The Islamic character regarding Islamic home finance according to Visser (2009, 106) is founded in the absence of interest payments. Not all Muslims concur that their Islam faith requires them to eschew interest, but even among those that do believe, there are those who find interest based home finance acceptable for those Muslims living in non-Muslim nations. This is particularly fuqaha who follow the Hanafi madhhab. Both the conventional and Muslim financial institutions have been engaging in the development of sharia compliant home finance products in an attempt to respond to a wide and varied demand from various market segments. The products are available in different forms and they include: murabaha, ijara wa iqtina, and musharaka mutanaqisah.

Analysis of the school of thought on mortgages

It is quite evident that all the four schools of thoughts have the similar views on mortgages since interest is paid on them. However, there are some views, which differ from one school to the other. For instance, the Hanafi and Maliki school of thought allow a Muslim living in non-Muslim country to take mortgages and they mainly address the pro and cons of mortgage and not the interest that is paid. Mortgage is allowed to them based on the advantage of taking it even though one ends up paying interest. Conversely, each school of thought has its ruling on mortgage. For instance, there the Hanbali advocate for an Islamic mortgage transaction, instead of loaning the buyer money to purchase the item. This is done by a bank buying the house itself from the seller and re-sells it to the buyer at a profit while allowing the buyer to pay the bank at a profit (Mumisa 2002, 3). Therefore, they perceive the profit to be different from interest. Another form of ruling that has been quite prominent with the Hanafi school of thought is the use of Murabaha whereby the house is registered under the name of the buyer from the beginning of the transaction (El-Gamal 2006, 22). In addition, the Maliki school of thought usually suggests an approach called Ijara wa Iqtina, which is similar to real estate leasing (El-Gamal 2006, 21). In conclusion, it is evident that the four schools of thought have different ruling on mortgage and this is mainly based on the issue of paying interest, which is illegal in Islam.

According to El-Gamal (2006, 19), Ayatullah Sistani for instance allowed the deposit of fund with banks and collection of interest thereof, in the name of permissibility of interest charging to non-Muslims in these lands.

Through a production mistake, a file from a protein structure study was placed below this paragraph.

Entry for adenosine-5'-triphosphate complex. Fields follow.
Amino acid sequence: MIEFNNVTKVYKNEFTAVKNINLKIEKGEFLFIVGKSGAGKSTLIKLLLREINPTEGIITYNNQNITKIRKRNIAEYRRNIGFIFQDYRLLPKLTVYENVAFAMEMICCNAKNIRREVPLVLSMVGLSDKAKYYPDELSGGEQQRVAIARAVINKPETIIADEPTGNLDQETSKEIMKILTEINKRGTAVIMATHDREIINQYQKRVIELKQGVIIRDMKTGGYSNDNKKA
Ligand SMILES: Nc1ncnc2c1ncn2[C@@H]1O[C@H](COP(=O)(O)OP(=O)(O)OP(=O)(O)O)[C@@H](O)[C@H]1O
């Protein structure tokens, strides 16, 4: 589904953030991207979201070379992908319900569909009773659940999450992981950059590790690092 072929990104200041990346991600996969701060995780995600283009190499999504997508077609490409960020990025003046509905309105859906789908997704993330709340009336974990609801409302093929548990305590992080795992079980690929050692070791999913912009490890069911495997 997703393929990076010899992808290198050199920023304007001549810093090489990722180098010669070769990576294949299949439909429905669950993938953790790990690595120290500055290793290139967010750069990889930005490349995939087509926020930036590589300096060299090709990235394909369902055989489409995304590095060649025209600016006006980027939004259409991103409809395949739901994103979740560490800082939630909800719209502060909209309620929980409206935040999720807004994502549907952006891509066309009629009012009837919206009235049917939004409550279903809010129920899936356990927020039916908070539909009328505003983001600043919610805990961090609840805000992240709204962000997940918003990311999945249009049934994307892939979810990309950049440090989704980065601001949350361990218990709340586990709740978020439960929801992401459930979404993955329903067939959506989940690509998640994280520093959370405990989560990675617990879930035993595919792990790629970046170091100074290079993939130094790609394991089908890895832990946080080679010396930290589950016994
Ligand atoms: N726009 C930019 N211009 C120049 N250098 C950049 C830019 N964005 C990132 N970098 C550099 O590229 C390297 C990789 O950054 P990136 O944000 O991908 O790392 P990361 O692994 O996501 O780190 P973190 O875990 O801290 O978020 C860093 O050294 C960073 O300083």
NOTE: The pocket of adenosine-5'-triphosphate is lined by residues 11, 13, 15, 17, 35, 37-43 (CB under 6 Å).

In addition to this, he went ahead and allowed Muslims to take mortgage loans from non-Islamic banks. This he did even knowing at the back of his mind that they will be submitted to paying principal plus interest, so long as they do not do it with the intention of “borrowing” in “iqtirad” classical sense. In a similar case, Sunni jurist, Yusuf Al-Qaradawi issued a fatwa which allowed Muslims living in North America to finance their homes purchases by use of conventional mortgages. This ruling he based on three considerations: (1) Invoking the rule of necessity, (2) Abu Hanifa's opinion that permitted the dealing with riba in non-Muslim nations, and (3) determination that the mortgagor is the key beneficiary from the mortgage home financing. For Muslims living in Muslim nations however, the rules are much stricter. Within this context, Sistani is seen to revert to Sharia's alternatives which have been quite popular in Sunni majority Islamic nations. He for instance forbids borrowing from both public and private banks which have stipulated conditions of paying interest. This he characterized as forbidden riba.

In Saudi Arabia for instance, in the year 1981, the general council committee instructed all notaries public and qadis which were acting as notaries in small towns not to accept any form of mortgages that were being used to secure loans by commercial banks. This ruling had a significantly large impact as it prevented the use of bank mortgages. This order was prompted on notaries asking the council to relieve them of these particular actions which they were quite sure implicated them in “usury” which sharia prohibited, referring to the prophet's hadith condemning the usurious loan “writer”. In a previous order, the council's permanent committee required that whenever a notary was sure that a particular transaction he was being required to register involved the paying of interest, he was not to ahead and register it. That particular order was simply a specific implementation of the existing law, as it is against fiqh facilitating usury, and more to it under the regulations, a notary is expected to register acts on condition they are in agreement with the Hanbali School and are at the same time in proper sharia form. In its 1981 order however, the council took the matter to yet another step when it made a factual finding about commercial bank mortgages, that it had been established to the Supreme Judicial Council's body that the loans that were being granted by commercial banks were usuries, according to Vogel (2000, 113).


Ahlstrom, David. and Bruton, Garry. 2009. International Management: Strategy and Culture in the Emerging World. Cengage Learning.

Visser, Hanns. 2009. Islamic Finance: Principles and Practice. Edward Elgar

Vogel, Frank. 2000. Islamic law and legal system: studies of Saudi Arabia
Volume 8 of Studies in Islamic law and society. BRILL

Michael, Mumisa. 2002. Islamic Law on Financial Institution. Amana Publications.

El-Gamal, Mahmoud. Islamic Finance: Law, Economics, and Practice,Cambridge University Press.

Hilliard, Francis. 1838. An abridgment of the American law of real property, Volume 1 C. C. Little and J. Brown.

Hasan, Israr. 2006. Muslims in America: What Everyone Needs to Know. Author House.